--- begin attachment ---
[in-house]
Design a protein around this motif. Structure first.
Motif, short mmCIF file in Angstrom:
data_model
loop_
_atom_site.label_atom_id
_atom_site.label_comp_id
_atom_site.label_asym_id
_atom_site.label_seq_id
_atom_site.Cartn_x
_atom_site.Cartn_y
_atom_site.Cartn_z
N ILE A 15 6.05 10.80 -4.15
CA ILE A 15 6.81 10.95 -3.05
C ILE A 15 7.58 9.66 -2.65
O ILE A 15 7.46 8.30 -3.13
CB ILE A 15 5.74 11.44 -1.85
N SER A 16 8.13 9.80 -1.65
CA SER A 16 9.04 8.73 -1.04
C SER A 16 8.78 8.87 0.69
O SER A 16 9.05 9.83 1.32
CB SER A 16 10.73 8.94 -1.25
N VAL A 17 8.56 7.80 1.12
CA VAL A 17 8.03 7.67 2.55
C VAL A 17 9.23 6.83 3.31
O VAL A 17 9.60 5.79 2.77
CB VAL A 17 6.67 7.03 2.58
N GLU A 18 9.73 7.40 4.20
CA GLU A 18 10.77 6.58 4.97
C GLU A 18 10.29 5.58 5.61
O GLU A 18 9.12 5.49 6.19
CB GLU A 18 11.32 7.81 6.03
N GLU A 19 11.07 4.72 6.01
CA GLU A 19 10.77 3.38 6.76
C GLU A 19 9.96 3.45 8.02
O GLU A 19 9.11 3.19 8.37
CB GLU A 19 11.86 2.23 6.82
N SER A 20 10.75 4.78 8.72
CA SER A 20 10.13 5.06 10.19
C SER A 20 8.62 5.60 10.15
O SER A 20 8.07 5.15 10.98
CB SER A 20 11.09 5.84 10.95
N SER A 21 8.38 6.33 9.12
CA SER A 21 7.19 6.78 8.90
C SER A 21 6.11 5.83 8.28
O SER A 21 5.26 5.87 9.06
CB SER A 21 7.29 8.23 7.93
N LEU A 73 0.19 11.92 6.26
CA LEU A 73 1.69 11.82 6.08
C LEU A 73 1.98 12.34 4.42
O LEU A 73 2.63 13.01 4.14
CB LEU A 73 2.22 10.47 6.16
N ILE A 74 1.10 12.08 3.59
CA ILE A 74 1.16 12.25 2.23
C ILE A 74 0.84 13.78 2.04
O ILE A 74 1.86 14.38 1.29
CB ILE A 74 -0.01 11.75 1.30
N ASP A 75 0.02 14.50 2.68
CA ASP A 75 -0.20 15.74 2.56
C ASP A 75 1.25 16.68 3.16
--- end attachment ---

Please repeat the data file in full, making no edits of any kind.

[in-house]
Design a protein around this motif. Structure first.
Motif, short mmCIF file in Angstrom:
data_model
loop_
_atom_site.label_atom_id
_atom_site.label_comp_id
_atom_site.label_asym_id
_atom_site.label_seq_id
_atom_site.Cartn_x
_atom_site.Cartn_y
_atom_site.Cartn_z
N ILE A 15 6.05 10.80 -4.15
CA ILE A 15 6.81 10.95 -3.05
C ILE A 15 7.58 9.66 -2.65
O ILE A 15 7.46 8.30 -3.13
CB ILE A 15 5.74 11.44 -1.85
N SER A 16 8.13 9.80 -1.65
CA SER A 16 9.04 8.73 -1.04
C SER A 16 8.78 8.87 0.69
O SER A 16 9.05 9.83 1.32
CB SER A 16 10.73 8.94 -1.25
N VAL A 17 8.56 7.80 1.12
CA VAL A 17 8.03 7.67 2.55
C VAL A 17 9.23 6.83 3.31
O VAL A 17 9.60 5.79 2.77
CB VAL A 17 6.67 7.03 2.58
N GLU A 18 9.73 7.40 4.20
CA GLU A 18 10.77 6.58 4.97
C GLU A 18 10.29 5.58 5.61
O GLU A 18 9.12 5.49 6.19
CB GLU A 18 11.32 7.81 6.03
N GLU A 19 11.07 4.72 6.01
CA GLU A 19 10.77 3.38 6.76
C GLU A 19 9.96 3.45 8.02
O GLU A 19 9.11 3.19 8.37
CB GLU A 19 11.86 2.23 6.82
N SER A 20 10.75 4.78 8.72
CA SER A 20 10.13 5.06 10.19
C SER A 20 8.62 5.60 10.15
O SER A 20 8.07 5.15 10.98
CB SER A 20 11.09 5.84 10.95
N SER A 21 8.38 6.33 9.12
CA SER A 21 7.19 6.78 8.90
C SER A 21 6.11 5.83 8.28
O SER A 21 5.26 5.87 9.06
CB SER A 21 7.29 8.23 7.93
N LEU A 73 0.19 11.92 6.26
CA LEU A 73 1.69 11.82 6.08
C LEU A 73 1.98 12.34 4.42
O LEU A 73 2.63 13.01 4.14
CB LEU A 73 2.22 10.47 6.16
N ILE A 74 1.10 12.08 3.59
CA ILE A 74 1.16 12.25 2.23
C ILE A 74 0.84 13.78 2.04
O ILE A 74 1.86 14.38 1.29
CB ILE A 74 -0.01 11.75 1.30
N ASP A 75 0.02 14.50 2.68
CA ASP A 75 -0.20 15.74 2.56
C ASP A 75 1.25 16.68 3.16